The Supreme Court of the United States (SCOTUS) invalidated Section Four of the Voting Rights Act, a key provision that protects voting rights in nine states that historically have had discriminatory voting practices. The decision found that Section Four of the law had an outdated formula that placed undue federal burden on the nine states. Congressman Smith released the following statement after the decision:
"I am very disappointed in the Supreme Court's ruling on the Voting Rights Act. In the last election, low income voters and people of color, mainly Hispanic and African Americans, waited in line nearly twice as long as white voters. It is clear that we must do more, not less, to protect the rights of all people and ensure we have equal access to the polls. The Voting Rights Act has played a critical role in protecting individuals' right to vote regardless of race, ethnic background, or level of income. By striking Section Four, the Supreme Court limited the federal government's ability to implement Section Five, consequently rendering this section of the Voting Rights Act powerless and threatening the right to vote for many Americans. Any state can now implement Voter ID laws and redraw district lines to dilute the voices of large populations of mainly racial and ethnic minorities without federal oversight.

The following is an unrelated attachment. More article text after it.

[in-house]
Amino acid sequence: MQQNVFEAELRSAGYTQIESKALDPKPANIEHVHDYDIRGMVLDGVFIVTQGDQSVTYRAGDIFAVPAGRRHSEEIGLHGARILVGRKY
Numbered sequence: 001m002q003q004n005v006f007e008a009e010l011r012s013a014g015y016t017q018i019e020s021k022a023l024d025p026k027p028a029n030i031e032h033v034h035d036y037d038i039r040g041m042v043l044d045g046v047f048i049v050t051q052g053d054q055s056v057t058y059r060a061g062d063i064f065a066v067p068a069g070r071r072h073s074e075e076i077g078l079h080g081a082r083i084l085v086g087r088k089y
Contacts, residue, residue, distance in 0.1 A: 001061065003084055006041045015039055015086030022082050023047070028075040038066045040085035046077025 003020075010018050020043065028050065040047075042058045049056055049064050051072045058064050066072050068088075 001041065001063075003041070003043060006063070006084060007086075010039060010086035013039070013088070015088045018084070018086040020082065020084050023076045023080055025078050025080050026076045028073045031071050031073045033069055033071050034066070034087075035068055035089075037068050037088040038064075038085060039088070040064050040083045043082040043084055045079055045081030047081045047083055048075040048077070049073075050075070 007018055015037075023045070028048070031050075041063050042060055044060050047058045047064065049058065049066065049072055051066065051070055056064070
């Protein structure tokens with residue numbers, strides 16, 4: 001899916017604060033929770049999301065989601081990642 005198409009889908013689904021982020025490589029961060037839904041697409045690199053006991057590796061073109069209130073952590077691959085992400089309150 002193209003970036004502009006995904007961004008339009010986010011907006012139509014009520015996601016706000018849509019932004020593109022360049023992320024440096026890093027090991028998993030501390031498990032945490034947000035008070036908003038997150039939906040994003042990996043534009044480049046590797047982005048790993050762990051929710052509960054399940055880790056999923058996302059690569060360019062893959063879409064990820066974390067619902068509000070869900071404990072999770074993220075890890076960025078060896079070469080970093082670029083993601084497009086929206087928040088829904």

"President Lyndon B. Johnson signed the Voting Rights Act to fix the disenfranchisement of targeted voters - mainly African Americans. Decades since, the Voting Rights Act has been reauthorized and supported by Presidents and Members of Congress of both parties. To ensure a thriving democracy, Congress must come together again to create a new formula that will ensure all Americans have their voices heard at the ballot box. I remain committed to doing all I can to ensure that no voter experiences discrimination."
Even with the striking down of Section Four, Congress can still impose a new formula to determine which states' voting practices still need federal oversight. Congressman Smith had previously signed an Amicus brief in support of Section Five of the Voting Rights Act and is a cosponsor of the Voter Empowerment Act.